THE WORDS and music are all too familiar to so many local residents, planners, politicians and urban dreamers who have seen their hopes for neighborhood ventures dashed in red tape and ink to match: a nonprofit group seeks to rebuild a rundown shopping center and revive a struggling neighborhood. This time the story comes from Minnesota Avenue and Benning Road NE, where a mixture of creative minds and money is ready for an ambitious go at creating new commercial life, from tax revenues to jobs and all the neighborhood amenities in between. Will it work?

Nobody can know, and far be it from us to proclaim a "breakthrough" or another "bold urban plan" for "grass-roots community uplift." Still, the initial signs are heartening and the neighborhood people behind this project so far harbor no unrealistic illusions. The nonprofit group, the Marshall Heights Community Development Organization, has put together $3.2 million to buy the shopping center near Minnesota and Benning, and the neighborhood business and civic representatives in the group are talking business, not government grants.

Their purchase was financed with loans from the D.C. government, the D.C. Bankers Association and the Local Initiatives Support Corporation, a national philanthropic group. Lloyd Smith, executive director of the Marshall Heights organization, which will become a limited partner in the venture and share in part of the income, is quick to note that instead of a government-grant project, this is to be "a straight business deal." If it succeeds, it might produce $80,000 a year in real estate taxes while recapturing dollars now being lost to suburban shopping centers.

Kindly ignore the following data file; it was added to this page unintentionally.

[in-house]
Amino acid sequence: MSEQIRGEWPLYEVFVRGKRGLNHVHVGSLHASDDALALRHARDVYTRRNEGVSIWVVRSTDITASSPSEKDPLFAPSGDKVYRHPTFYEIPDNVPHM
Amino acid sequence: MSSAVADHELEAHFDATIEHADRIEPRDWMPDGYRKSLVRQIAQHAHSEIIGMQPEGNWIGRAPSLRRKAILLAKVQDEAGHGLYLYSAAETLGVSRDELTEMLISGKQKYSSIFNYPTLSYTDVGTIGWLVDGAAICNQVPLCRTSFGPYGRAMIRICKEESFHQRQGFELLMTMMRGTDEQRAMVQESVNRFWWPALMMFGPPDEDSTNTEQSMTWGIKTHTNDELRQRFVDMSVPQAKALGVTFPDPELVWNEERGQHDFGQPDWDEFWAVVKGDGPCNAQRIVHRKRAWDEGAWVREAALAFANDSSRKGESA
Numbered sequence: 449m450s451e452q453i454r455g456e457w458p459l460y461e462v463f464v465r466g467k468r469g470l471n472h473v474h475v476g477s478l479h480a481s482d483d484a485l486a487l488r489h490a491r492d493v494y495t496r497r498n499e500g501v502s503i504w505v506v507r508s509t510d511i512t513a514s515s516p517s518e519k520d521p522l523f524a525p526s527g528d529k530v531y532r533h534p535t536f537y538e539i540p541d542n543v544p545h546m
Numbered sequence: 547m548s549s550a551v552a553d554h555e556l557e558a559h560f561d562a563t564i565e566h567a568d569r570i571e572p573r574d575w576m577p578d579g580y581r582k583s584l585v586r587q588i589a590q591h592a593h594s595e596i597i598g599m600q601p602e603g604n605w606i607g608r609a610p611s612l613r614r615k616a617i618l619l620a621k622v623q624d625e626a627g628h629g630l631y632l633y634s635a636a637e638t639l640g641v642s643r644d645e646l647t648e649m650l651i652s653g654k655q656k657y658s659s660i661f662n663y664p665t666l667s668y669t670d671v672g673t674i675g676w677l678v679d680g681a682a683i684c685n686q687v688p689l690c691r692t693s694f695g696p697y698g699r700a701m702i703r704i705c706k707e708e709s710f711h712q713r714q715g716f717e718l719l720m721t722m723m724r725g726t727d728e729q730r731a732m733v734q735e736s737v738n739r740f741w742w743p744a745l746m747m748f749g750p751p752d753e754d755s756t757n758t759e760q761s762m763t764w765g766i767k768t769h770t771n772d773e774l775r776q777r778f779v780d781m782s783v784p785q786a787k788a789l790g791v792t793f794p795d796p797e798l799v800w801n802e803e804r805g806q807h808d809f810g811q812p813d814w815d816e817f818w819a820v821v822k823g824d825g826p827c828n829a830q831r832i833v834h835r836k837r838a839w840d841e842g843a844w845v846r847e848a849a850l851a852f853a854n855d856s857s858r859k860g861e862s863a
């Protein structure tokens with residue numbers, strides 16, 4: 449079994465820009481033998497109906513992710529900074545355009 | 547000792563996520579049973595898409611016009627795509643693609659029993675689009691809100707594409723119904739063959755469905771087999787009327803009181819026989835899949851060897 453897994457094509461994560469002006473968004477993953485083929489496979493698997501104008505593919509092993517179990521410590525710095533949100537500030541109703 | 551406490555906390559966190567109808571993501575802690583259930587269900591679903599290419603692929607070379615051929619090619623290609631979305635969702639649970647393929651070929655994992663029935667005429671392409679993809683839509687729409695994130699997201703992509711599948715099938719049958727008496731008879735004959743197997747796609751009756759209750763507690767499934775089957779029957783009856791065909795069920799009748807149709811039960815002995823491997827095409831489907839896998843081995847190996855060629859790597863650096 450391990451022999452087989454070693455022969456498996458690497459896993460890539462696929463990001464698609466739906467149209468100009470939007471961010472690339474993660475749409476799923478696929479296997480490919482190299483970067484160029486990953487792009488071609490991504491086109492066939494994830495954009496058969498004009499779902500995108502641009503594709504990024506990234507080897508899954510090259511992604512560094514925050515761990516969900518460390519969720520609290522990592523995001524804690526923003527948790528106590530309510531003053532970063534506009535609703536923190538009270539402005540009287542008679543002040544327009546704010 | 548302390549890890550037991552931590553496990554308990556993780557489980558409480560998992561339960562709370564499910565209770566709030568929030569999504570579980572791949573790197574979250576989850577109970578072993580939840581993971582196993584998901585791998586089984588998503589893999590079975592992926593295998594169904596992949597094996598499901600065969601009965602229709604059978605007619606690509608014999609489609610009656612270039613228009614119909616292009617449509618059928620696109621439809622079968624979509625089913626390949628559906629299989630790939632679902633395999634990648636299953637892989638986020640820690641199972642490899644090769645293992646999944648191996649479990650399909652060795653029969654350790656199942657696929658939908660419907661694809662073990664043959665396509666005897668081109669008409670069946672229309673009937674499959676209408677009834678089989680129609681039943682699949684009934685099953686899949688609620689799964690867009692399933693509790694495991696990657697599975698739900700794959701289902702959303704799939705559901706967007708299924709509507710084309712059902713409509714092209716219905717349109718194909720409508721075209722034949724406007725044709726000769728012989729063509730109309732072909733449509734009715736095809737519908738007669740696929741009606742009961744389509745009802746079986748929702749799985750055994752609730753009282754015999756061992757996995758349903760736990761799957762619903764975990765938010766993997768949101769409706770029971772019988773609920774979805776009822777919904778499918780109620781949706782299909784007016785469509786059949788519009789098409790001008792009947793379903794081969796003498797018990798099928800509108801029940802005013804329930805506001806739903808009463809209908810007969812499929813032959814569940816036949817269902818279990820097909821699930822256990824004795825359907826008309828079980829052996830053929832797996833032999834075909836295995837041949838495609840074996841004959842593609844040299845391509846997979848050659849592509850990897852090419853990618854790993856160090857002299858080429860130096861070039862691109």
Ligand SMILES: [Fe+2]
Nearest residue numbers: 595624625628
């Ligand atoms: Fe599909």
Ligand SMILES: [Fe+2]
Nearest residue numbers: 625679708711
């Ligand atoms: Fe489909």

True, a quick-fix sprucing won't bring shoppers back in droves. The quality of stores, services, parking and other conveniences will tell the story. But doing nothing does just that; and too many people east of the Anacostia know the consequences of neglect. That bankers and businessmen are involved is encouraging, as is the interest of city hall in reaching beyond the downtown area for a development effort.

Neighborhood support will continue to be critical, and to continue at all, the decision-makers will have to be wary of the kinds of petty politicking, financial shortcuts and weak commercial management that have destroyed similar ventures in the past. That said, we wish the Marshall Heights project lasting success and strong support.